Math 124 Problem Set 1

1. First, we show that the binomial coefficient is an integer.
Claim: For fixed and , is an integer.
Proof. By induction. Clearly . Suppose that is an integer for . Now and for

which by the inductive hypothesis is the sum of two integers. This proves the claim.
Since is prime, it is sufficient to show that there is no factor of in the denominator. By assumption, so does not contain a factor of . Similarly, implies that , so also contains no factor of .
2. ;
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;
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3a. The base case is trivial. Suppose that for some . Then

as desired.
3b.If is even we may the group the terms as yielding the formula . Similarly, if is odd we have which gives the formula .
Therefore the general formula is .
4. We can run in PARI, which gives .
5. The Euclidean Algorithm gives us:
; ; ; ; so

6. yields x .
7.
8. A necessary condition is that the polynomial is irreducible over Z; this would include the condition that the gcd of the coefficients is 1. Certainly if is reducible then each factor could take the value 1 only a finite number of times (hence can be prime only at a finite number of integers). In the case where Dirichlet's theorem confirms that will take infinitely many prime values if , and in class the conjecture for was presented.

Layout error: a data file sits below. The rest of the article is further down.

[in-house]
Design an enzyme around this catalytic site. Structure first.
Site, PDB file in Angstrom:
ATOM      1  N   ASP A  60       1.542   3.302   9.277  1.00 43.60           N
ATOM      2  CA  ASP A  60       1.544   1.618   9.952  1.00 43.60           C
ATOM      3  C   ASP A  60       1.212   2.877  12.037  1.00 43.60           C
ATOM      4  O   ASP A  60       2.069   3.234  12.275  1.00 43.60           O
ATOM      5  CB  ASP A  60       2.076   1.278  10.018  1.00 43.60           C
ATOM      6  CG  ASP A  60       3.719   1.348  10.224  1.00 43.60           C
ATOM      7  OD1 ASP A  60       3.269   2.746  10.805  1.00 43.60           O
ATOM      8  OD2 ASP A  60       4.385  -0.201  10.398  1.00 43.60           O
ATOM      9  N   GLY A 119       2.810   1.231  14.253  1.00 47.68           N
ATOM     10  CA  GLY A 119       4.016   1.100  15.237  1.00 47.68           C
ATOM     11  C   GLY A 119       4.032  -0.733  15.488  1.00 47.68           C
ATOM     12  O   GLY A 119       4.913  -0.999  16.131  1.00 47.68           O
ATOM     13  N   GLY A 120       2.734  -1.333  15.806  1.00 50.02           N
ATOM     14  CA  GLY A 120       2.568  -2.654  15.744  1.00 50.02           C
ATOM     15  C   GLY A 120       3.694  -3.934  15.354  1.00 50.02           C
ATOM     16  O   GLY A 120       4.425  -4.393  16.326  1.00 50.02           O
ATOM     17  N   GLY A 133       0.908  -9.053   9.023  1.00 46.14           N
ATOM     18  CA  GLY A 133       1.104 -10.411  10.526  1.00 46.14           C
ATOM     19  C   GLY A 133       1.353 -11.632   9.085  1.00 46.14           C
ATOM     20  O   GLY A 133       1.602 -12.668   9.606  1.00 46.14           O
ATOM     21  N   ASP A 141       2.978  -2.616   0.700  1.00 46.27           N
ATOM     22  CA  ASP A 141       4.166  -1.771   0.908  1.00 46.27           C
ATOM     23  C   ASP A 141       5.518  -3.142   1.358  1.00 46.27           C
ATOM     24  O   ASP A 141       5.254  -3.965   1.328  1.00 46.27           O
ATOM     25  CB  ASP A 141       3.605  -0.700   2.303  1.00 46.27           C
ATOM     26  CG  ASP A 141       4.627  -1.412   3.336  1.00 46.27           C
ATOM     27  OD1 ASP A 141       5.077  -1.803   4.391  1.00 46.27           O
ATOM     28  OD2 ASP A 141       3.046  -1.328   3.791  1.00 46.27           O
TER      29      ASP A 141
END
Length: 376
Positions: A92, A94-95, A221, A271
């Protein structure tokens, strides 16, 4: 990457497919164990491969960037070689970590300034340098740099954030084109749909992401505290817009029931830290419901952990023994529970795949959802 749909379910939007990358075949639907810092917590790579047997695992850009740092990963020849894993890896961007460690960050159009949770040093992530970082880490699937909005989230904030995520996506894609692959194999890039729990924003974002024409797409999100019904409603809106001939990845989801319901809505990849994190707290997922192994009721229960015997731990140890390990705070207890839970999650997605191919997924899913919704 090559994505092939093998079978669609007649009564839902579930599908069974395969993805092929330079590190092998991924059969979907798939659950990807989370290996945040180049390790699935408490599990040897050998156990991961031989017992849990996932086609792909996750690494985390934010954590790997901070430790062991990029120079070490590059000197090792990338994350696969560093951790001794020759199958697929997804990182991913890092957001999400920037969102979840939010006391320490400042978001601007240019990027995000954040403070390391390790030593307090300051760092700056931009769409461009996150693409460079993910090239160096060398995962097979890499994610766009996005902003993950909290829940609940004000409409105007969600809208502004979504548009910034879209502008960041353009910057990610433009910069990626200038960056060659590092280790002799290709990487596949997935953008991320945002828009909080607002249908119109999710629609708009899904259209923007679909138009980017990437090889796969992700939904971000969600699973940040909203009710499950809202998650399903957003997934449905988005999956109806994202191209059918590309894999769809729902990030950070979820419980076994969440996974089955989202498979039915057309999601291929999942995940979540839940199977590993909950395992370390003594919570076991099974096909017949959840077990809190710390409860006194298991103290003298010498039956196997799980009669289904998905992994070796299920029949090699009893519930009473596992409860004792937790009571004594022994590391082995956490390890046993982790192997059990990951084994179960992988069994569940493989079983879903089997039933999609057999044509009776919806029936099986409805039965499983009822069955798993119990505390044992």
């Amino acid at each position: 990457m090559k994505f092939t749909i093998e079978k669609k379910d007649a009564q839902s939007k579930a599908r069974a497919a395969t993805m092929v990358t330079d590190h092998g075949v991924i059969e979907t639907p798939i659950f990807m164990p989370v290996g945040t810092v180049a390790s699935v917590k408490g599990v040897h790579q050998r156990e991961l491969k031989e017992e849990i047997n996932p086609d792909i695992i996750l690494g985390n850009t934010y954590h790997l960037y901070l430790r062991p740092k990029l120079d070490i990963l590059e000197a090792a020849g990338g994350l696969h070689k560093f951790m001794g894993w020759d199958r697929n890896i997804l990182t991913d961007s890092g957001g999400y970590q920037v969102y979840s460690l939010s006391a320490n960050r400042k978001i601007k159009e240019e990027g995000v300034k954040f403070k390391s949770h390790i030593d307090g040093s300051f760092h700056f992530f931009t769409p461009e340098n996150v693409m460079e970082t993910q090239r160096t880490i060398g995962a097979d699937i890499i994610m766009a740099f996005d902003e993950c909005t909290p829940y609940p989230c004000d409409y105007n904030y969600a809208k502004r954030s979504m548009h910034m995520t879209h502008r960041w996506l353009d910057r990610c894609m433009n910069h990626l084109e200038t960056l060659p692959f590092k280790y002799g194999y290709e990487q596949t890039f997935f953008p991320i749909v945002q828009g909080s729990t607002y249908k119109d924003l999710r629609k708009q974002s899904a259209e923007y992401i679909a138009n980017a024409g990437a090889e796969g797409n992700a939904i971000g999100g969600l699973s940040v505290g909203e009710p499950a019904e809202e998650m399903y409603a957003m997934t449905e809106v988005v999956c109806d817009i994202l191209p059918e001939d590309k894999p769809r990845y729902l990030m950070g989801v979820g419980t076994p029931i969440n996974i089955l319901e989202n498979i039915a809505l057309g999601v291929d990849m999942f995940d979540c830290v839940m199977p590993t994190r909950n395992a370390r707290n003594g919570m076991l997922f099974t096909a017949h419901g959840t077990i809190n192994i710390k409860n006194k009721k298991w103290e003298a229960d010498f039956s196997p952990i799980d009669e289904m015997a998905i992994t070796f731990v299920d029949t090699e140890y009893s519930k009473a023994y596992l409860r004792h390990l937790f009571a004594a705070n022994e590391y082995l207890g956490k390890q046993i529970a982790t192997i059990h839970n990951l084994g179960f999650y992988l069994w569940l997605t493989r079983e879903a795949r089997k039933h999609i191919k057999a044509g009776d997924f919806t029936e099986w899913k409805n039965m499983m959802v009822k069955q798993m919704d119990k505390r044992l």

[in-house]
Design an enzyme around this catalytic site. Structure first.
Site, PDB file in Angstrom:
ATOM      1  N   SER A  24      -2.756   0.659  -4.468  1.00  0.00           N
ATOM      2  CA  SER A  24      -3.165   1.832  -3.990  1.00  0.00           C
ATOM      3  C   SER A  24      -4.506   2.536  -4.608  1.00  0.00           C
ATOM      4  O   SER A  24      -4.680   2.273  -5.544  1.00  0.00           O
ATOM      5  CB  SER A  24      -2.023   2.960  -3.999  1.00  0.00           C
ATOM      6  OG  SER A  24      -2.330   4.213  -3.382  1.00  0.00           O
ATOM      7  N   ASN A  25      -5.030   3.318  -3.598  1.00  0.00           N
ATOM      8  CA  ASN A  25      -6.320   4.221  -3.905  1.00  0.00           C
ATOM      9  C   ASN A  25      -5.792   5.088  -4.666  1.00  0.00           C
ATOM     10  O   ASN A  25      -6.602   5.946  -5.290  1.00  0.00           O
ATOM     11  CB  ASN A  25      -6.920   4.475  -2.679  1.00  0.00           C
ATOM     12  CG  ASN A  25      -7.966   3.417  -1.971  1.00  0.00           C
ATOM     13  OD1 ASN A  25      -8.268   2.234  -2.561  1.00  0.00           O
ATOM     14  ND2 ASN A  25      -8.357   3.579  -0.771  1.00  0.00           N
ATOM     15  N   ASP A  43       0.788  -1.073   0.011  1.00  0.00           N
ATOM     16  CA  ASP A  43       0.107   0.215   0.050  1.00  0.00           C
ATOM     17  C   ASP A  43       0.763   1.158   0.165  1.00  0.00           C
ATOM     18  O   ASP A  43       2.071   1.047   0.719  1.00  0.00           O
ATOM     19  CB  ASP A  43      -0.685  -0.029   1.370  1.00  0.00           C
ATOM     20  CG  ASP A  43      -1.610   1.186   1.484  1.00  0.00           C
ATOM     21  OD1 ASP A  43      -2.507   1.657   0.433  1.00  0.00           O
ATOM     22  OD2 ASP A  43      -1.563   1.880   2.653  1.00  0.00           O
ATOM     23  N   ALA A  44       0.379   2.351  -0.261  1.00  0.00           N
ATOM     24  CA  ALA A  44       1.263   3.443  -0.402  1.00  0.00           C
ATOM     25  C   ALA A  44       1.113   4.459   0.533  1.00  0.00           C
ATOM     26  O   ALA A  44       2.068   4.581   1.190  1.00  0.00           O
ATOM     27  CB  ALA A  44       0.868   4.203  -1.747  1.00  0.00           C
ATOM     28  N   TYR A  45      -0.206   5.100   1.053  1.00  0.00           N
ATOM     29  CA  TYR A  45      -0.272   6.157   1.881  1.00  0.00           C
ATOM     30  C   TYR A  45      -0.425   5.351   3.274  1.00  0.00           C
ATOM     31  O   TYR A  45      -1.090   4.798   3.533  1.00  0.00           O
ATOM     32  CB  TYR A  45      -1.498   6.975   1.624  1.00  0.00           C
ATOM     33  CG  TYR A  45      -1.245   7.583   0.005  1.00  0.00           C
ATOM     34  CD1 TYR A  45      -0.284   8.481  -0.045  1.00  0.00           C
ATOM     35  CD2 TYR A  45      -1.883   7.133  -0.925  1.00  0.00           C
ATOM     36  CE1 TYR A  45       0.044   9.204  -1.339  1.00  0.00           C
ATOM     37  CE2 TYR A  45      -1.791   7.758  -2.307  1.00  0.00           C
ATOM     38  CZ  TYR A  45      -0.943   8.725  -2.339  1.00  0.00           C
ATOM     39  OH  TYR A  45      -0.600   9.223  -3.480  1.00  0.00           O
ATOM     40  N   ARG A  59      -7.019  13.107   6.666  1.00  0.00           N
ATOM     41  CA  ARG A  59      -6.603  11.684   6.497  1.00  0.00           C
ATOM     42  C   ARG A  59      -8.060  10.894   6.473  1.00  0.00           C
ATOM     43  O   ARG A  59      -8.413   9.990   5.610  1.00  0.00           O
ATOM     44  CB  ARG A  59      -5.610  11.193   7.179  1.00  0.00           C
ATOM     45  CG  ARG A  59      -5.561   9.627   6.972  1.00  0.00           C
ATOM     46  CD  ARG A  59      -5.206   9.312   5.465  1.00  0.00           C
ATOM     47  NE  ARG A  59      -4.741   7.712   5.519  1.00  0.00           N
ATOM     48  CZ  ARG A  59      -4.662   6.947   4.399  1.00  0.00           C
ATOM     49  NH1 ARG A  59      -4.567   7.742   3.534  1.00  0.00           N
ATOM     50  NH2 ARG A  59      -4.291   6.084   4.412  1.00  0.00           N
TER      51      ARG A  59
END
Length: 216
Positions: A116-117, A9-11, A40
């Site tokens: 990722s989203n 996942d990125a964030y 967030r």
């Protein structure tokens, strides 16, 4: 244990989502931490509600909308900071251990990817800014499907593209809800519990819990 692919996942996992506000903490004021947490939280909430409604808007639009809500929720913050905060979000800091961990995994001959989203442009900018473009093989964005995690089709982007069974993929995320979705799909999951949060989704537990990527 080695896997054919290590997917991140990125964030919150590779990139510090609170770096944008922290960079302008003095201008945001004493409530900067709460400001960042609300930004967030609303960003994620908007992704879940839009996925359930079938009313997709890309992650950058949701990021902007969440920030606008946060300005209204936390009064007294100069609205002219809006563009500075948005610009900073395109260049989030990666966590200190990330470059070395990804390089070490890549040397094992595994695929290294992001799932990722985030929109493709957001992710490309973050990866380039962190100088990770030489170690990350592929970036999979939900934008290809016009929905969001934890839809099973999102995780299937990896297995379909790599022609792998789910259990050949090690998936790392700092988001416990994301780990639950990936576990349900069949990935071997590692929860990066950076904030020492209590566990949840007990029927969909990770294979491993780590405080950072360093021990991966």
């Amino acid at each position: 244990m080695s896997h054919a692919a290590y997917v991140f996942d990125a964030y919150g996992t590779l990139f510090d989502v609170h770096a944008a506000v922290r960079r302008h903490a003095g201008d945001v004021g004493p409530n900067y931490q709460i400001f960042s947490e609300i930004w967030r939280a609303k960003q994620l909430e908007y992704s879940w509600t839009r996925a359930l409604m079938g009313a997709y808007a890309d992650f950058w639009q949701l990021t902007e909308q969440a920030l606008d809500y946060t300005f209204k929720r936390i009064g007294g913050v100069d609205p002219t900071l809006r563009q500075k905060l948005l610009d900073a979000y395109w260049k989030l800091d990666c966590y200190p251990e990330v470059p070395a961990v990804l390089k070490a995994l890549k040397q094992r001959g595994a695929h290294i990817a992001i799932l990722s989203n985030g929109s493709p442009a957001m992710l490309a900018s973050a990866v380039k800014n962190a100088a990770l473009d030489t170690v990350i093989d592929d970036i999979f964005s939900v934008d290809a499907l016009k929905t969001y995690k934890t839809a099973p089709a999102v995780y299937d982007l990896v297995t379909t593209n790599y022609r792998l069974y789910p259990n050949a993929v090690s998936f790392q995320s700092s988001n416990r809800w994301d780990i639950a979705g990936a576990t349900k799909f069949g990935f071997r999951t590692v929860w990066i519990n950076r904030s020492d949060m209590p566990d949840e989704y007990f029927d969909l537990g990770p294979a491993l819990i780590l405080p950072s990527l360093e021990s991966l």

To test a given , we could use the following PARI code:

and then try for large values of . I tried this for some cyclotomic polynomials: , , and also for for up to 10 billion. All returned values close to the input. For example, for the call to gave 999999986. This suggests that for these polynomials the conjecture may be true, although it sheds little light on the general case of irreducible polynomials.
9. We can show that the Euclidean Algorithm on takes modular operations, where is the number of binary digits of . This is done by noting that if we proceed from to (where ) then . For if then . Combining this with yields . Similarly, if then . Therefore every two steps the original binary representation of is reduced by one digit.
Now since , a digit number has fewer than bits, so PARI can easily compute the gcd of two such numbers.
10. First we note that all odd integers must be congruent to , or modulo , and if then . Therefore all odd primes (except 3) must be congruent to or modulo . Next we note that if then . Therefore if then must have a prime factor (3 has no inverse).
Let . Suppose is finite. Since is nonempty (), we can define , the product of elements in . Now consider . Since , for some . But for all , , a contradiction. Therefore is infinite.
11a. We can define a function which computes

which gives .
11b. For , , so the values differ by about .